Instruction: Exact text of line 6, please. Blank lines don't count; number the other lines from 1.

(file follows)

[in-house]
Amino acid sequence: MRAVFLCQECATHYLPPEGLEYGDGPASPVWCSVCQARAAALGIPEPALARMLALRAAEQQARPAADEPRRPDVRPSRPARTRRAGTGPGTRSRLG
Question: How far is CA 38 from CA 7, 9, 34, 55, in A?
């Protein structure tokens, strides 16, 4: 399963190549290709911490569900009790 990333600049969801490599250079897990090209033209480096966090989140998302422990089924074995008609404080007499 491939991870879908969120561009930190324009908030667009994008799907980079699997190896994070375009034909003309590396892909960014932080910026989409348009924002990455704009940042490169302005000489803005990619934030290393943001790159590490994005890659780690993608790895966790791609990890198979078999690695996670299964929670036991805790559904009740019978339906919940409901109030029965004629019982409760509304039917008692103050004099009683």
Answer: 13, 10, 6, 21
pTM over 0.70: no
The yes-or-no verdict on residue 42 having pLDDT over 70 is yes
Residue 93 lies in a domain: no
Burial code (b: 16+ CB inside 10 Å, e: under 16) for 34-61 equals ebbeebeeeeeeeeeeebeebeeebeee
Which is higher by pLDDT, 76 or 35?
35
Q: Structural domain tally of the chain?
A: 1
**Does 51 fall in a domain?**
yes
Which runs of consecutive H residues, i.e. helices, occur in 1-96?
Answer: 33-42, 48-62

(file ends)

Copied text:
pTM over 0.70: no